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# Spring 2013 Mechanics Scholars

8 years ago /

The Department of Physics and Astronomy, in conjunction with Pearson Higher Education, has honored 14 Texas A&M University students by naming them Pearson Mechanics Scholars for the 2013 spring semester.

“The Scholar Program, which was started in 2002 by Dr. David Toback, is meant to provide an extra challenge for those students who are excelling in our introductory mechanics course, Physics 218,” said Dr. Dan Melconian, assistant professor of physics and astronomy and current organizer of the Mechanics Scholar Program. “It gives the really gifted students a chance to ‘strut their stuff’ and see how they compare against the very best at A&M.”

Top three winners of the Spring 2013 Pearson Mechanics Challenge Exam. From left: Dr. Dan Melconian, Yinwei “Charlie” Zhang (2nd place), Xing Zhao (1st place), Gabriel Apfel (3rd place), Department Head Dr. George Welch and Dr. David Toback.

At the end of both the fall and spring semesters, any student enrolled in Physics 218 is eligible to take the Pearson Mechanics Challenge Exam. The exam covers the same material as the semester-long course — Newton’s Laws of motion, the concepts of energy, work and momentum, rotational motion and gravity. The difficulty level is higher than the course in order to identify the top performers — more than a dozen of whom were honored earlier this month as Pearson Mechanics Scholars at a May 1 lunch and awards banquet within the scenic Cynthia Woods Mitchell Garden. After learning about career possibilities in physics and related fields from Toback, each student was presented with a certificate commemorating their accomplishment by Department Head, Dr. George R. Welch.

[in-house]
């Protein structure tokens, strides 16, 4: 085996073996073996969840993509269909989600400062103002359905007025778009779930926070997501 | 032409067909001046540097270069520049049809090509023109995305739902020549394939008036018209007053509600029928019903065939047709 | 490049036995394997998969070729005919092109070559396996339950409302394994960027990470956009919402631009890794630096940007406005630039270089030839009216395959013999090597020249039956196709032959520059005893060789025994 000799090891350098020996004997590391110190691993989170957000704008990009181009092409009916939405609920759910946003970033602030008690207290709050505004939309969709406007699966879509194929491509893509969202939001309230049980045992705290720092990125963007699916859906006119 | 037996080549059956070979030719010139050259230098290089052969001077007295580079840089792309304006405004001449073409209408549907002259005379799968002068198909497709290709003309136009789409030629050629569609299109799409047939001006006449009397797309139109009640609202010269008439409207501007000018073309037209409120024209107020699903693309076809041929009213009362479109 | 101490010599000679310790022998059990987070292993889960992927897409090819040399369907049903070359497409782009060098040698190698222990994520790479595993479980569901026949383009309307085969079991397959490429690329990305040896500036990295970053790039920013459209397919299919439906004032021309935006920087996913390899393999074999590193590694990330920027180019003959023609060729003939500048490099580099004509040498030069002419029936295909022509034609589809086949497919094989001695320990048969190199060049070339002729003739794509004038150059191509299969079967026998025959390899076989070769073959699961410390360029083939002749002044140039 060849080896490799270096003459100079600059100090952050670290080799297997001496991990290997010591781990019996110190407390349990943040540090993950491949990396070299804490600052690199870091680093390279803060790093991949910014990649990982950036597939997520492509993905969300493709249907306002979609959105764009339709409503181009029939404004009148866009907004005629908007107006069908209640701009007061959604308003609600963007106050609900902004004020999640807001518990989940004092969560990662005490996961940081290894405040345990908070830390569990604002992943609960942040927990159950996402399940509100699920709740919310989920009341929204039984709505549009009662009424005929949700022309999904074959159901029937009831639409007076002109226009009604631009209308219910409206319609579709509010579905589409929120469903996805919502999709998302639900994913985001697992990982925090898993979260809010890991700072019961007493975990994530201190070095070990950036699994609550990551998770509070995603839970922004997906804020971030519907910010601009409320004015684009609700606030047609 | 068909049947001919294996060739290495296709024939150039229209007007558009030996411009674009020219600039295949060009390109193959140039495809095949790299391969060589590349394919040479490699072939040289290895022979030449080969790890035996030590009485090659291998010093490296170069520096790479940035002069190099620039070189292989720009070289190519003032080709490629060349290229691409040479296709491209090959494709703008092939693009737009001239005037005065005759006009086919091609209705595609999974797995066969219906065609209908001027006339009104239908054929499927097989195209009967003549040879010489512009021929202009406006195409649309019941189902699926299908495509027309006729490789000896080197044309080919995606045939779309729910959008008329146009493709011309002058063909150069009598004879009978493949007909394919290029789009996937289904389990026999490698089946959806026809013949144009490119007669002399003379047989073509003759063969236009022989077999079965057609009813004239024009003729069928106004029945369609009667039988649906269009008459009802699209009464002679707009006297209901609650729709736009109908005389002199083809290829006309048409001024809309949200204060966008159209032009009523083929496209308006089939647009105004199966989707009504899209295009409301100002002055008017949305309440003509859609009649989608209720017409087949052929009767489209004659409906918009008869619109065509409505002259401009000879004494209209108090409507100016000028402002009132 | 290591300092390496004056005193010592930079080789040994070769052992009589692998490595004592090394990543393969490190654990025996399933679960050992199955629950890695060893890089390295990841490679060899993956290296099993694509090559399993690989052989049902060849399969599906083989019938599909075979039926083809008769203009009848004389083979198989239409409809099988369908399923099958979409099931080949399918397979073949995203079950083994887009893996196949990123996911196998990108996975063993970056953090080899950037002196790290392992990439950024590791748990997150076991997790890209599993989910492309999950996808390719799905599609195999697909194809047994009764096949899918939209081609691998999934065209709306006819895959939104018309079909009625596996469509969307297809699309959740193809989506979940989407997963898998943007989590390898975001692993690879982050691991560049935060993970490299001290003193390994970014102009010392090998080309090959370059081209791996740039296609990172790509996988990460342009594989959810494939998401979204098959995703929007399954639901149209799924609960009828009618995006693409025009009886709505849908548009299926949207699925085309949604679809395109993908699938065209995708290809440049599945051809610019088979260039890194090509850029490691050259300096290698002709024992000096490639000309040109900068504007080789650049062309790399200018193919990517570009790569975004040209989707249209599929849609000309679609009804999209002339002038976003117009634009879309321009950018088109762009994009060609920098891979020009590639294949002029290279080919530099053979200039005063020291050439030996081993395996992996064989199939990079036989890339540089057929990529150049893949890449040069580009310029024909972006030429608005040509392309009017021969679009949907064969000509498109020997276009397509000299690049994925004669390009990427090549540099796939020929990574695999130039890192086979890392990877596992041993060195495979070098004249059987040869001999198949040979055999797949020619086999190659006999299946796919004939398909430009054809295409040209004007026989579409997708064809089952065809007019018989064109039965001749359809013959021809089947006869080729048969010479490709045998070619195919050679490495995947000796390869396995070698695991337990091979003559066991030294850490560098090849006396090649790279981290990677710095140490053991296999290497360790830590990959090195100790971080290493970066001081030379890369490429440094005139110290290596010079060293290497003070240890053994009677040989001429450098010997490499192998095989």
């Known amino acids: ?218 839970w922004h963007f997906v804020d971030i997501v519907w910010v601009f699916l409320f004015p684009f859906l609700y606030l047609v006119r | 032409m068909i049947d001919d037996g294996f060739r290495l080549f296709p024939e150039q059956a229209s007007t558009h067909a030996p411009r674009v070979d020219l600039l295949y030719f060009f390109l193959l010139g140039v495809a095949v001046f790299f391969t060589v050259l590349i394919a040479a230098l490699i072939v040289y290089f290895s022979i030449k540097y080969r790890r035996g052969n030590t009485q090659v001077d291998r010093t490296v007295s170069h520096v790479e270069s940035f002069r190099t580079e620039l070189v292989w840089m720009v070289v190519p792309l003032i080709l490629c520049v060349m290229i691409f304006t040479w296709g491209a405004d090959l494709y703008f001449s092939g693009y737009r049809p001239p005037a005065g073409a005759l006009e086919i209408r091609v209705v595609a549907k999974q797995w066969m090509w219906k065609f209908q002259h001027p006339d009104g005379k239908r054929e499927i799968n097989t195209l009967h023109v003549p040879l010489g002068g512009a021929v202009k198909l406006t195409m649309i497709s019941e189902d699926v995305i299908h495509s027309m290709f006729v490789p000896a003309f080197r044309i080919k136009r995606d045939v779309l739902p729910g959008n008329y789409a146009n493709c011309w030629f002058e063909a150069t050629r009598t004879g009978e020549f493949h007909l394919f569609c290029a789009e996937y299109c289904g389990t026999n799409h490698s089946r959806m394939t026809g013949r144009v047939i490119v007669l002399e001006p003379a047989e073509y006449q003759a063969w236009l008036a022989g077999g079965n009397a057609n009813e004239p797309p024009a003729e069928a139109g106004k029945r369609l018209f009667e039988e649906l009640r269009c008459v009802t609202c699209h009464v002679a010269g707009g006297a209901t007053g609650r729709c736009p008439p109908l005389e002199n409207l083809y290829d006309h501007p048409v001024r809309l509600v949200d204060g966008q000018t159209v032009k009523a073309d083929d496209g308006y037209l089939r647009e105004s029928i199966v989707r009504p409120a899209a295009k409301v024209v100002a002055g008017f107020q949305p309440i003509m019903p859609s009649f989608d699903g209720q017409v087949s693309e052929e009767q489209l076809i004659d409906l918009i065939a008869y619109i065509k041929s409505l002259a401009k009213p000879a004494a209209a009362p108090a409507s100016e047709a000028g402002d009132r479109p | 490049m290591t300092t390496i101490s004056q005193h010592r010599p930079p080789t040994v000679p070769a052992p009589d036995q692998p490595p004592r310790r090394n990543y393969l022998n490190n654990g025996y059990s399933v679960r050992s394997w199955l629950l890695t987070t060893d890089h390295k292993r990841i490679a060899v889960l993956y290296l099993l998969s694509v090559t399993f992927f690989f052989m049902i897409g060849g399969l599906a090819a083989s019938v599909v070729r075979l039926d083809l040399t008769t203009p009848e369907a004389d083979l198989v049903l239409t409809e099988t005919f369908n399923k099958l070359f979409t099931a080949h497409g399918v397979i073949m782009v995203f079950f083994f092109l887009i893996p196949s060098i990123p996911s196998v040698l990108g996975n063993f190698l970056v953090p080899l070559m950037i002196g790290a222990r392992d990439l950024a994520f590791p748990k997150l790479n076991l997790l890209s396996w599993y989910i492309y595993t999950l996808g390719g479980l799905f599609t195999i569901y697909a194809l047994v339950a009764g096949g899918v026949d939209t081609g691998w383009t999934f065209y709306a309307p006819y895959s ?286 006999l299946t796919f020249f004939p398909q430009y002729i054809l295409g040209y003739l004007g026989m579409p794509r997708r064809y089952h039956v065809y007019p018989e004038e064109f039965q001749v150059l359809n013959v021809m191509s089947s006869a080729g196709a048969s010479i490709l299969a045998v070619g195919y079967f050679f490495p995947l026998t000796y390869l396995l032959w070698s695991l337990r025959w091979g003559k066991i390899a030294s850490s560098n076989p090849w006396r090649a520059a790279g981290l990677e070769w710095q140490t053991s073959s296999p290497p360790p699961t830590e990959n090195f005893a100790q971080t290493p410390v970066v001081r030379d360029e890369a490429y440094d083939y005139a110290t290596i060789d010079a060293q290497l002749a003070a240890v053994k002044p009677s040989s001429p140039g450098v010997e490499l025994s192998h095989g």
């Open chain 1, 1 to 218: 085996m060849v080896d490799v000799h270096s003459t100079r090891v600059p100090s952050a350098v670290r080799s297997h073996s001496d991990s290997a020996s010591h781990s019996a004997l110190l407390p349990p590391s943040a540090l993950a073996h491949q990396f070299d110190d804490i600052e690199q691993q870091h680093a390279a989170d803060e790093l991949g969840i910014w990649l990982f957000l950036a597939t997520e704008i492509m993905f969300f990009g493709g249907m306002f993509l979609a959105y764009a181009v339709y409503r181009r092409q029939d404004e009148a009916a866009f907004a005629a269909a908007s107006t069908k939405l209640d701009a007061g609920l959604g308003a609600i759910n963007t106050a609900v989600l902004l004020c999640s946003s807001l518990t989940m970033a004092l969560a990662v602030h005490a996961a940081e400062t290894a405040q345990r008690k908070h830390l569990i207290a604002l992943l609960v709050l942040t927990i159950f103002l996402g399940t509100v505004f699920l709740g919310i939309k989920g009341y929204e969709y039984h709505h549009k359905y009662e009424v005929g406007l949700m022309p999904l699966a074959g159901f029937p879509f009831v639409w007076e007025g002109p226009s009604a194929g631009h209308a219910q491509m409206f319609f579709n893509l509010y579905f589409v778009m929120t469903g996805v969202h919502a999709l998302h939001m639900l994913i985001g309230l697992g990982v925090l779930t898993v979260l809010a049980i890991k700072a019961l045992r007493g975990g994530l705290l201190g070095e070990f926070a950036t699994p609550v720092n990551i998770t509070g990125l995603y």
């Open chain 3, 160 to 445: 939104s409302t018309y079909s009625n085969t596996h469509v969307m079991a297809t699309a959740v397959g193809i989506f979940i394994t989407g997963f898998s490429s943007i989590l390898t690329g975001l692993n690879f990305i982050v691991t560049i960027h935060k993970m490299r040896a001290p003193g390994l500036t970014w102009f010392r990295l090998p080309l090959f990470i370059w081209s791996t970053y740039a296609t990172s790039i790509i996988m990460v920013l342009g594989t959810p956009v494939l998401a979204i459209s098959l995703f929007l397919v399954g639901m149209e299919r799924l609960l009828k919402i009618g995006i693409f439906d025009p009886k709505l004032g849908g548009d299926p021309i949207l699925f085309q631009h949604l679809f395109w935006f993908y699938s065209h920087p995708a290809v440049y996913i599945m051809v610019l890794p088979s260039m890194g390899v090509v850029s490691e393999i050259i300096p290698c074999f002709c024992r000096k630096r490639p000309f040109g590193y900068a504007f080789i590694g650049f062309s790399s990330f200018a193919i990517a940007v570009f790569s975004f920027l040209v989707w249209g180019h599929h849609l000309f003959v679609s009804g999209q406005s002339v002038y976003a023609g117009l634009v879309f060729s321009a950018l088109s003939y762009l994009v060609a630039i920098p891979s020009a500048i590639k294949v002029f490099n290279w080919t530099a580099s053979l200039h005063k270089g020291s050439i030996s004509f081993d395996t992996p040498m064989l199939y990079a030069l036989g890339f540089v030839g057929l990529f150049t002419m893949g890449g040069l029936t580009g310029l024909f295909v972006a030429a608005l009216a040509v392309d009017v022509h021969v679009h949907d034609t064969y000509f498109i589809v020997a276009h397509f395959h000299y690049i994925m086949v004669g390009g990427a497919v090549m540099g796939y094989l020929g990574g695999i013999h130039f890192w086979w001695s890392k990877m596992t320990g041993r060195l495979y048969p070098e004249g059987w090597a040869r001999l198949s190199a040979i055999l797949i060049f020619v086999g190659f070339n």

This semester’s top three performers were physics major Xing Zhao (first), computer engineering major Yinwei “Charlie” Zhang (second) and biochemistry major Gabriel Apfel (third). To recognize their exceptional performance, Pearson Higher Education awarded each of them copies of the Physics 208 textbook, “Young and Freedman’s University Physics, Volume II,” (valued at around $90) as well as monetary awards ($200 for first place, \$100 for second and third) to be used toward academics.

“I’ve been told by my students that 218 is considered to be one of the toughest introductory courses,” Melconian said. “It is a required course for many programs at A&M, and specifically most of the students are from the College of Engineering. With their ’25 by 25′ initiative, we are already beginning to see significantly more students in 218 than we have in the past (which was typically about 800 students in the spring, and 1,500 in the fall). The Pearson Mechanics Scholar program is becoming even more competitive and therefore more prestigious.”

-aTm-

Contact: Dr. Dan Melconian, (979) 845-1411 or dmelconian@physics.tamu.edu

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